The Rangers on the other hand like to run the same play over and over and over. See these clips below from the Red Wings game. Not only are these from the same shift, they are from the same sequence! Three straight attempts that were mirror images of each other. No bueno!
3) Change the point of attack
The Rangers aren’t the only team to run a 1-3-1 power play. Far from it. However, they seem to be the only team that quarterbacks it exclusively from the point, which defeats the purpose of its design.
The best part about the 1-3-1 is you can queue it up from multiple positions (points, either boards, or below the goal line using the slot forward). Changing the point of the attack will not only get us away from these predictable rightwing perimeter shots, but it will also force the PK to change their defensive structure which inevitably leads to blown coverages.
Whatever the coaches implement, hopefully the Rangers start to put a few away on the advantage soon. The easy part of our schedule is ending soon.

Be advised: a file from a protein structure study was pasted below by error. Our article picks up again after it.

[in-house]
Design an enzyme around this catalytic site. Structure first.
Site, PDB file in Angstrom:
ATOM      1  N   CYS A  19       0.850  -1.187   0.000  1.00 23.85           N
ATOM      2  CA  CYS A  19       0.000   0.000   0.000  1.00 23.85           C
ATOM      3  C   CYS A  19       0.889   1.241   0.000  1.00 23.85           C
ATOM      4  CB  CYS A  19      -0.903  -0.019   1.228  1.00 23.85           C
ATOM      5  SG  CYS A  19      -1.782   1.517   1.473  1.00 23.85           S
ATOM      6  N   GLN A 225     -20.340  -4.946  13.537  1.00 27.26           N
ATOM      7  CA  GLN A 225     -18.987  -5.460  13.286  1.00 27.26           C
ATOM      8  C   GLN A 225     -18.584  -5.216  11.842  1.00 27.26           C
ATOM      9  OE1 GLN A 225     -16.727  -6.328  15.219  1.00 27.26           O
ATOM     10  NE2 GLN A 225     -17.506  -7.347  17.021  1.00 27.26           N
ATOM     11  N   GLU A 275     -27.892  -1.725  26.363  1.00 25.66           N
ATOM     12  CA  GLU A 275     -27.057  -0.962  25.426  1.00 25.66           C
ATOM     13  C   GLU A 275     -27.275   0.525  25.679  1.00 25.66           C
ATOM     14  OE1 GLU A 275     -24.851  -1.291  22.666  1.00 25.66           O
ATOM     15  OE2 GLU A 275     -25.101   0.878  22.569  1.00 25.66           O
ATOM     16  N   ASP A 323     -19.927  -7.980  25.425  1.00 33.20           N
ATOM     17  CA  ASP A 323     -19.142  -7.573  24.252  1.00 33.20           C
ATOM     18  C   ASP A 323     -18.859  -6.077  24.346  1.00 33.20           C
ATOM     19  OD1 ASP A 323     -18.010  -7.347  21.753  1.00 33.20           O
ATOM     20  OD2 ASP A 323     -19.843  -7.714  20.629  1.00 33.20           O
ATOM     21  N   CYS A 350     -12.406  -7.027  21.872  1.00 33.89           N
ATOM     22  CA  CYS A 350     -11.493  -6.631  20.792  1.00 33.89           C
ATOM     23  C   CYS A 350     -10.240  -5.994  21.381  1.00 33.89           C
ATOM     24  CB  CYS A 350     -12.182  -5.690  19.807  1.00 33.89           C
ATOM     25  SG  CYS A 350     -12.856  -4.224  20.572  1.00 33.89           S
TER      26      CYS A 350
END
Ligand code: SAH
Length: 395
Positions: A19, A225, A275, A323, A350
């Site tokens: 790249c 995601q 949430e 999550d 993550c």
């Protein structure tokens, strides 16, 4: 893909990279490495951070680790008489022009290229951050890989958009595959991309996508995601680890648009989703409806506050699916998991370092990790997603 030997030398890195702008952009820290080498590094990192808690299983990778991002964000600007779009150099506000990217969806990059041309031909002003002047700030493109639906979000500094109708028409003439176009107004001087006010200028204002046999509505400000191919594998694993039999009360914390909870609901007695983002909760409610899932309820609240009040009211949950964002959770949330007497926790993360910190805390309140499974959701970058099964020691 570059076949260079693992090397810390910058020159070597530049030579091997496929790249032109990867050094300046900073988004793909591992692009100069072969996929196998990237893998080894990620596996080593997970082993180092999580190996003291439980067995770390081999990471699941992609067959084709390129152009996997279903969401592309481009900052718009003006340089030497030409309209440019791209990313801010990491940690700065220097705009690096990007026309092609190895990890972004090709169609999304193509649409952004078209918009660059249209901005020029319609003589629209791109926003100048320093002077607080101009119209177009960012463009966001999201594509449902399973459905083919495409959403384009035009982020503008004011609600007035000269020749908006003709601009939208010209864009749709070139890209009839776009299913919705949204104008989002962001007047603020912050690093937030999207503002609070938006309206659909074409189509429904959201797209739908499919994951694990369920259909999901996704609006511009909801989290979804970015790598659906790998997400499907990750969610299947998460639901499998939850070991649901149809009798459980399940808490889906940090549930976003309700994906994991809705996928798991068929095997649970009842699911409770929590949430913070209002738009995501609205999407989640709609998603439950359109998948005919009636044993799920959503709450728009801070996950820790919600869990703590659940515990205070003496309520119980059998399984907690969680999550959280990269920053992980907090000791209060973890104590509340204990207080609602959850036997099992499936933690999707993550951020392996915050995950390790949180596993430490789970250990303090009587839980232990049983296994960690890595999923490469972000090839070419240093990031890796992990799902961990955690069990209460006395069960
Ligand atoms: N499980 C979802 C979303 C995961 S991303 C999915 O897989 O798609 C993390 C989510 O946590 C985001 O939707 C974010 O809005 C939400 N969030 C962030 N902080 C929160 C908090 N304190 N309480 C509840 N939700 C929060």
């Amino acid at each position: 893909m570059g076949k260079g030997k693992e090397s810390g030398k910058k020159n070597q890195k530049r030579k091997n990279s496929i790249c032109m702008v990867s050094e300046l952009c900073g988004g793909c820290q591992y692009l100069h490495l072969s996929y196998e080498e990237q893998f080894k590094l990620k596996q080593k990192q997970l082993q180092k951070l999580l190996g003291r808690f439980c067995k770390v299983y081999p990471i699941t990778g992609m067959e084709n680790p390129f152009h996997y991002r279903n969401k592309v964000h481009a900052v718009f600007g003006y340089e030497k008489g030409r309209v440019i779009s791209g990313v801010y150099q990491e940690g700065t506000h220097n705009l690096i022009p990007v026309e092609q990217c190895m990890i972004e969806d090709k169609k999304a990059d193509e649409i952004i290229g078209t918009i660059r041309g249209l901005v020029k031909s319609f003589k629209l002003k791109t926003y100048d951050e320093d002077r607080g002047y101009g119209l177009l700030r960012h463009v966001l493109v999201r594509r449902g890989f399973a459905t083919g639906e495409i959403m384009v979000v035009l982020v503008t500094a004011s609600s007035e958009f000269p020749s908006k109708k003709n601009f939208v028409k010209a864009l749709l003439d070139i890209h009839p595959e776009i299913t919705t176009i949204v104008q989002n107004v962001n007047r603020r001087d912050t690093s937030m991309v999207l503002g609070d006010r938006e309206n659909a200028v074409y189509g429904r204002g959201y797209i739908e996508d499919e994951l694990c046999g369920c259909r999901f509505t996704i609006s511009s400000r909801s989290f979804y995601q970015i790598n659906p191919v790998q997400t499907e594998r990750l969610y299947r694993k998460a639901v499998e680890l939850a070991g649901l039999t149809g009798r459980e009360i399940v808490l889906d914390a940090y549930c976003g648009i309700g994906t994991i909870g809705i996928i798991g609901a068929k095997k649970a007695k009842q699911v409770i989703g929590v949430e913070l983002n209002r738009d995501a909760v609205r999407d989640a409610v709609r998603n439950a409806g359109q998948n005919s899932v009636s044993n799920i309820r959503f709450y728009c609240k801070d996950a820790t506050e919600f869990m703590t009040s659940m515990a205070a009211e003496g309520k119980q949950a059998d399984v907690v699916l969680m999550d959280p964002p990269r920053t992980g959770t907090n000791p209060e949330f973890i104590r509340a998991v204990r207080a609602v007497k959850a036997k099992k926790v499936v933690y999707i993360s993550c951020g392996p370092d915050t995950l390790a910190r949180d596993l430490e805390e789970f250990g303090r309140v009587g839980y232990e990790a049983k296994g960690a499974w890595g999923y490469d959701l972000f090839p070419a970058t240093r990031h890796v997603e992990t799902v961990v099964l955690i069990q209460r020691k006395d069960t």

Everyone always wants to talk about whether or not teams should be dumping the puck vs. carrying or if teams are out- shooting (possessing) the opposition. In reality, these things are just outputs. They are the end result of how well a team is executing the process. For many teams, part of that process is their neutral zone systems.
The general consensus among 1-2-2 coaches like Alain Vigneault, is that the game is often won and lost in the neutral zone. Therefore, an extra effort is placed on designing tactics to win this part of the ice.